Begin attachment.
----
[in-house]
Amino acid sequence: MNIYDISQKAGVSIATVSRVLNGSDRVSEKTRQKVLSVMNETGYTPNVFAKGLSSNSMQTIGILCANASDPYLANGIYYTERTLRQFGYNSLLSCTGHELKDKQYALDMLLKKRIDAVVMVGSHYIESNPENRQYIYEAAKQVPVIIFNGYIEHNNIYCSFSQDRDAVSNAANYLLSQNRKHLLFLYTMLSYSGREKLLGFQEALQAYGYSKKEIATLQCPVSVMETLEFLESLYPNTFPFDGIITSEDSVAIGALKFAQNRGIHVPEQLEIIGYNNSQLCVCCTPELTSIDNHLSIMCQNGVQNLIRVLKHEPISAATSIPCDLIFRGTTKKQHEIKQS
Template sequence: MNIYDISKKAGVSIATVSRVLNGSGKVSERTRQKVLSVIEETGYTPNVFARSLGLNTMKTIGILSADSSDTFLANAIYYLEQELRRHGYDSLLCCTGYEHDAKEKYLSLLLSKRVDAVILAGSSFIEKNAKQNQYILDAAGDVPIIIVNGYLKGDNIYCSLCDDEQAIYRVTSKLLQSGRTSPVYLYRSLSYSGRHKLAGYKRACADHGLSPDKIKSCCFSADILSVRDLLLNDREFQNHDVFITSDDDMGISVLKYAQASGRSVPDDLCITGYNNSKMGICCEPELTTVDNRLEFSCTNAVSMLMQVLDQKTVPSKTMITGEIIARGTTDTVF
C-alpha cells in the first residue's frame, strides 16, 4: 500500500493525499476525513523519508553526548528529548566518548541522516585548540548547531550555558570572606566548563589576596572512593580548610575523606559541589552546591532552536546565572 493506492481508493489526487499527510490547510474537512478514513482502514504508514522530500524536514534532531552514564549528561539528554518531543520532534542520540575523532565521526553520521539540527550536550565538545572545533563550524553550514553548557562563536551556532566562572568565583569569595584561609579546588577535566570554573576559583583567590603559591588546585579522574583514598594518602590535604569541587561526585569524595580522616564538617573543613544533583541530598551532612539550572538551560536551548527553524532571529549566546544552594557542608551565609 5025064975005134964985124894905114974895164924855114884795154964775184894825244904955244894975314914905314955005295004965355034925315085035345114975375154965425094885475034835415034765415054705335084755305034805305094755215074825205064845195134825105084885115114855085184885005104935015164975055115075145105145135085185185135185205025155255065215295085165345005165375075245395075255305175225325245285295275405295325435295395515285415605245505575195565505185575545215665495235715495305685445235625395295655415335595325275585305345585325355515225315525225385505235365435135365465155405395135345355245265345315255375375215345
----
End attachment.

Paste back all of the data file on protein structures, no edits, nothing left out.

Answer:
[in-house]
Amino acid sequence: MNIYDISQKAGVSIATVSRVLNGSDRVSEKTRQKVLSVMNETGYTPNVFAKGLSSNSMQTIGILCANASDPYLANGIYYTERTLRQFGYNSLLSCTGHELKDKQYALDMLLKKRIDAVVMVGSHYIESNPENRQYIYEAAKQVPVIIFNGYIEHNNIYCSFSQDRDAVSNAANYLLSQNRKHLLFLYTMLSYSGREKLLGFQEALQAYGYSKKEIATLQCPVSVMETLEFLESLYPNTFPFDGIITSEDSVAIGALKFAQNRGIHVPEQLEIIGYNNSQLCVCCTPELTSIDNHLSIMCQNGVQNLIRVLKHEPISAATSIPCDLIFRGTTKKQHEIKQS
Template sequence: MNIYDISKKAGVSIATVSRVLNGSGKVSERTRQKVLSVIEETGYTPNVFARSLGLNTMKTIGILSADSSDTFLANAIYYLEQELRRHGYDSLLCCTGYEHDAKEKYLSLLLSKRVDAVILAGSSFIEKNAKQNQYILDAAGDVPIIIVNGYLKGDNIYCSLCDDEQAIYRVTSKLLQSGRTSPVYLYRSLSYSGRHKLAGYKRACADHGLSPDKIKSCCFSADILSVRDLLLNDREFQNHDVFITSDDDMGISVLKYAQASGRSVPDDLCITGYNNSKMGICCEPELTTVDNRLEFSCTNAVSMLMQVLDQKTVPSKTMITGEIIARGTTDTVF
C-alpha cells in the first residue's frame, strides 16, 4: 500500500493525499476525513523519508553526548528529548566518548541522516585548540548547531550555558570572606566548563589576596572512593580548610575523606559541589552546591532552536546565572 493506492481508493489526487499527510490547510474537512478514513482502514504508514522530500524536514534532531552514564549528561539528554518531543520532534542520540575523532565521526553520521539540527550536550565538545572545533563550524553550514553548557562563536551556532566562572568565583569569595584561609579546588577535566570554573576559583583567590603559591588546585579522574583514598594518602590535604569541587561526585569524595580522616564538617573543613544533583541530598551532612539550572538551560536551548527553524532571529549566546544552594557542608551565609 5025064975005134964985124894905114974895164924855114884795154964775184894825244904955244894975314914905314955005295004965355034925315085035345114975375154965425094885475034835415034765415054705335084755305034805305094755215074825205064845195134825105084885115114855085184885005104935015164975055115075145105145135085185185135185205025155255065215295085165345005165375075245395075255305175225325245285295275405295325435295395515285415605245505575195565505185575545215665495235715495305685445235625395295655415335595325275585305345585325355515225315525225385505235365435135365465155405395135345355245265345315255375375215345